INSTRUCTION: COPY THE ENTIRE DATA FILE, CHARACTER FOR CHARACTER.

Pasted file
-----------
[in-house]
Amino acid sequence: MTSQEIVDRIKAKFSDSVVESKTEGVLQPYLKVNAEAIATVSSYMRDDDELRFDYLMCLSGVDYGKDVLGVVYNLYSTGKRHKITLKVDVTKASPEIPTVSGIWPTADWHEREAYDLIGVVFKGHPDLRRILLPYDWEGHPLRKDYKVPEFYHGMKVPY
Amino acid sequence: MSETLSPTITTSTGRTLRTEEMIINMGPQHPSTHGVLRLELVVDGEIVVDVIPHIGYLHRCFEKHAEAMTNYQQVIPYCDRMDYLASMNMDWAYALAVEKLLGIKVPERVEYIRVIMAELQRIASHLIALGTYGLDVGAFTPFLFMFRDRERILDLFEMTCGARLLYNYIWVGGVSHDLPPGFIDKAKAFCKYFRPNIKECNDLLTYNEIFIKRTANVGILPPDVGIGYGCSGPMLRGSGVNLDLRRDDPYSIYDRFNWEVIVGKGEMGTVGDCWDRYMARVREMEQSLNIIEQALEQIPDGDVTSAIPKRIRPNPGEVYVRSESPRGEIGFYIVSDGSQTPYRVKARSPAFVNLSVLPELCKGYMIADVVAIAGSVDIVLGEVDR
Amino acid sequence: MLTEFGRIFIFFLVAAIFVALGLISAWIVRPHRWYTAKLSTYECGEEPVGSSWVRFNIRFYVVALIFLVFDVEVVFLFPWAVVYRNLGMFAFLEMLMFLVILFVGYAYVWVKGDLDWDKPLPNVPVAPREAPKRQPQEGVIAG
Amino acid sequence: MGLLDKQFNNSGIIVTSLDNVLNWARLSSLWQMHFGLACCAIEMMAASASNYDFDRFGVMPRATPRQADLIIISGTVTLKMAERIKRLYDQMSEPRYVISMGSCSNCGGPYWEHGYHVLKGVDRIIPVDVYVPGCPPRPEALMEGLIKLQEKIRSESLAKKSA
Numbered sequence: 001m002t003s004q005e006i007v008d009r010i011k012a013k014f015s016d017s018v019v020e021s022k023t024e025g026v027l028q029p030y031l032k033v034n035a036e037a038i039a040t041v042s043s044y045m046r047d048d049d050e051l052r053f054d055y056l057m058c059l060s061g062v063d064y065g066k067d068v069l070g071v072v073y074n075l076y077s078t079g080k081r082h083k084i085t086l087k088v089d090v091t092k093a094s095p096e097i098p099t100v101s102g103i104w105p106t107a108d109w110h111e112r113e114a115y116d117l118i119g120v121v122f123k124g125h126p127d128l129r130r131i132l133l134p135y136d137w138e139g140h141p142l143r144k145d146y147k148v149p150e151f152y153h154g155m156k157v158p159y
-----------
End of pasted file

[in-house]
Amino acid sequence: MTSQEIVDRIKAKFSDSVVESKTEGVLQPYLKVNAEAIATVSSYMRDDDELRFDYLMCLSGVDYGKDVLGVVYNLYSTGKRHKITLKVDVTKASPEIPTVSGIWPTADWHEREAYDLIGVVFKGHPDLRRILLPYDWEGHPLRKDYKVPEFYHGMKVPY
Amino acid sequence: MSETLSPTITTSTGRTLRTEEMIINMGPQHPSTHGVLRLELVVDGEIVVDVIPHIGYLHRCFEKHAEAMTNYQQVIPYCDRMDYLASMNMDWAYALAVEKLLGIKVPERVEYIRVIMAELQRIASHLIALGTYGLDVGAFTPFLFMFRDRERILDLFEMTCGARLLYNYIWVGGVSHDLPPGFIDKAKAFCKYFRPNIKECNDLLTYNEIFIKRTANVGILPPDVGIGYGCSGPMLRGSGVNLDLRRDDPYSIYDRFNWEVIVGKGEMGTVGDCWDRYMARVREMEQSLNIIEQALEQIPDGDVTSAIPKRIRPNPGEVYVRSESPRGEIGFYIVSDGSQTPYRVKARSPAFVNLSVLPELCKGYMIADVVAIAGSVDIVLGEVDR
Amino acid sequence: MLTEFGRIFIFFLVAAIFVALGLISAWIVRPHRWYTAKLSTYECGEEPVGSSWVRFNIRFYVVALIFLVFDVEVVFLFPWAVVYRNLGMFAFLEMLMFLVILFVGYAYVWVKGDLDWDKPLPNVPVAPREAPKRQPQEGVIAG
Amino acid sequence: MGLLDKQFNNSGIIVTSLDNVLNWARLSSLWQMHFGLACCAIEMMAASASNYDFDRFGVMPRATPRQADLIIISGTVTLKMAERIKRLYDQMSEPRYVISMGSCSNCGGPYWEHGYHVLKGVDRIIPVDVYVPGCPPRPEALMEGLIKLQEKIRSESLAKKSA
Numbered sequence: 001m002t003s004q005e006i007v008d009r010i011k012a013k014f015s016d017s018v019v020e021s022k023t024e025g026v027l028q029p030y031l032k033v034n035a036e037a038i039a040t041v042s043s044y045m046r047d048d049d050e051l052r053f054d055y056l057m058c059l060s061g062v063d064y065g066k067d068v069l070g071v072v073y074n075l076y077s078t079g080k081r082h083k084i085t086l087k088v089d090v091t092k093a094s095p096e097i098p099t100v101s102g103i104w105p106t107a108d109w110h111e112r113e114a115y116d117l118i119g120v121v122f123k124g125h126p127d128l129r130r131i132l133l134p135y136d137w138e139g140h141p142l143r144k145d146y147k148v149p150e151f152y153h154g155m156k157v158p159y